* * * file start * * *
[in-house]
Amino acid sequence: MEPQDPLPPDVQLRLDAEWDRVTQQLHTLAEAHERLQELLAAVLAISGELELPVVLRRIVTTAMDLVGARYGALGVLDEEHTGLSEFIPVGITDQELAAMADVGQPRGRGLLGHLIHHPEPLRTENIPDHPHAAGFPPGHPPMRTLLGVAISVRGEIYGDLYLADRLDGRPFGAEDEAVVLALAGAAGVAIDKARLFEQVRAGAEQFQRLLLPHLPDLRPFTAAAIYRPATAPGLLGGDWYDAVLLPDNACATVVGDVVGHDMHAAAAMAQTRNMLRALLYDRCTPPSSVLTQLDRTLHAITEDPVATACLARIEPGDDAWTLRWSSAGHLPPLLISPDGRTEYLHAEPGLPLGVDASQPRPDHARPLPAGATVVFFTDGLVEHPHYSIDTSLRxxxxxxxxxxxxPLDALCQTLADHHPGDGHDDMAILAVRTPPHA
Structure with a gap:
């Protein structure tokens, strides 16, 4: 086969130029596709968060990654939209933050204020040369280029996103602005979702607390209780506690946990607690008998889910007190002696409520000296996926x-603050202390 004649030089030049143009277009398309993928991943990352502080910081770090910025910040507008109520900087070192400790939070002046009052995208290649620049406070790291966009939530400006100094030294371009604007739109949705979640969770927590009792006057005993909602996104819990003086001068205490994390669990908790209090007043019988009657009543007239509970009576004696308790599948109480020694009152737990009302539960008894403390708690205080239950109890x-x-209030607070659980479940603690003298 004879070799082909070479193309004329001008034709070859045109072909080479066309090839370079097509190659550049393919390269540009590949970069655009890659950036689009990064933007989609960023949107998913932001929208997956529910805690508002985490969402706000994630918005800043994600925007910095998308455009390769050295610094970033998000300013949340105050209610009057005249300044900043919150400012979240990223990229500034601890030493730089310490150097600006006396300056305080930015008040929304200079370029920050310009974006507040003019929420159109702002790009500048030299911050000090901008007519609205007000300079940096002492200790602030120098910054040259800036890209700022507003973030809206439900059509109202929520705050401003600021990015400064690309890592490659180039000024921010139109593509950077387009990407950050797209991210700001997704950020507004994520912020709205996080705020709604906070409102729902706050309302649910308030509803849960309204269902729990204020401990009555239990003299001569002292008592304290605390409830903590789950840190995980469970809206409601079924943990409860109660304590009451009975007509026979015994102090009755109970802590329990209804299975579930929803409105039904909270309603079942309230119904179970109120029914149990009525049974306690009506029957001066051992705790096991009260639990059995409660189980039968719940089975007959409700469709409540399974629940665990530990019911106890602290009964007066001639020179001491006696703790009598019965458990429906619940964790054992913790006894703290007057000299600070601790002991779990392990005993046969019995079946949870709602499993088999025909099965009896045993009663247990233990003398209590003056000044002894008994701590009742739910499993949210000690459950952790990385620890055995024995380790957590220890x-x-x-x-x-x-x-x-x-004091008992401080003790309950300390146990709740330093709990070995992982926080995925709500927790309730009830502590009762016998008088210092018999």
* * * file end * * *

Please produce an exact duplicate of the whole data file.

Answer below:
[in-house]
Amino acid sequence: MEPQDPLPPDVQLRLDAEWDRVTQQLHTLAEAHERLQELLAAVLAISGELELPVVLRRIVTTAMDLVGARYGALGVLDEEHTGLSEFIPVGITDQELAAMADVGQPRGRGLLGHLIHHPEPLRTENIPDHPHAAGFPPGHPPMRTLLGVAISVRGEIYGDLYLADRLDGRPFGAEDEAVVLALAGAAGVAIDKARLFEQVRAGAEQFQRLLLPHLPDLRPFTAAAIYRPATAPGLLGGDWYDAVLLPDNACATVVGDVVGHDMHAAAAMAQTRNMLRALLYDRCTPPSSVLTQLDRTLHAITEDPVATACLARIEPGDDAWTLRWSSAGHLPPLLISPDGRTEYLHAEPGLPLGVDASQPRPDHARPLPAGATVVFFTDGLVEHPHYSIDTSLRxxxxxxxxxxxxPLDALCQTLADHHPGDGHDDMAILAVRTPPHA
Structure with a gap:
């Protein structure tokens, strides 16, 4: 086969130029596709968060990654939209933050204020040369280029996103602005979702607390209780506690946990607690008998889910007190002696409520000296996926x-603050202390 004649030089030049143009277009398309993928991943990352502080910081770090910025910040507008109520900087070192400790939070002046009052995208290649620049406070790291966009939530400006100094030294371009604007739109949705979640969770927590009792006057005993909602996104819990003086001068205490994390669990908790209090007043019988009657009543007239509970009576004696308790599948109480020694009152737990009302539960008894403390708690205080239950109890x-x-209030607070659980479940603690003298 004879070799082909070479193309004329001008034709070859045109072909080479066309090839370079097509190659550049393919390269540009590949970069655009890659950036689009990064933007989609960023949107998913932001929208997956529910805690508002985490969402706000994630918005800043994600925007910095998308455009390769050295610094970033998000300013949340105050209610009057005249300044900043919150400012979240990223990229500034601890030493730089310490150097600006006396300056305080930015008040929304200079370029920050310009974006507040003019929420159109702002790009500048030299911050000090901008007519609205007000300079940096002492200790602030120098910054040259800036890209700022507003973030809206439900059509109202929520705050401003600021990015400064690309890592490659180039000024921010139109593509950077387009990407950050797209991210700001997704950020507004994520912020709205996080705020709604906070409102729902706050309302649910308030509803849960309204269902729990204020401990009555239990003299001569002292008592304290605390409830903590789950840190995980469970809206409601079924943990409860109660304590009451009975007509026979015994102090009755109970802590329990209804299975579930929803409105039904909270309603079942309230119904179970109120029914149990009525049974306690009506029957001066051992705790096991009260639990059995409660189980039968719940089975007959409700469709409540399974629940665990530990019911106890602290009964007066001639020179001491006696703790009598019965458990429906619940964790054992913790006894703290007057000299600070601790002991779990392990005993046969019995079946949870709602499993088999025909099965009896045993009663247990233990003398209590003056000044002894008994701590009742739910499993949210000690459950952790990385620890055995024995380790957590220890x-x-x-x-x-x-x-x-x-004091008992401080003790309950300390146990709740330093709990070995992982926080995925709500927790309730009830502590009762016998008088210092018999």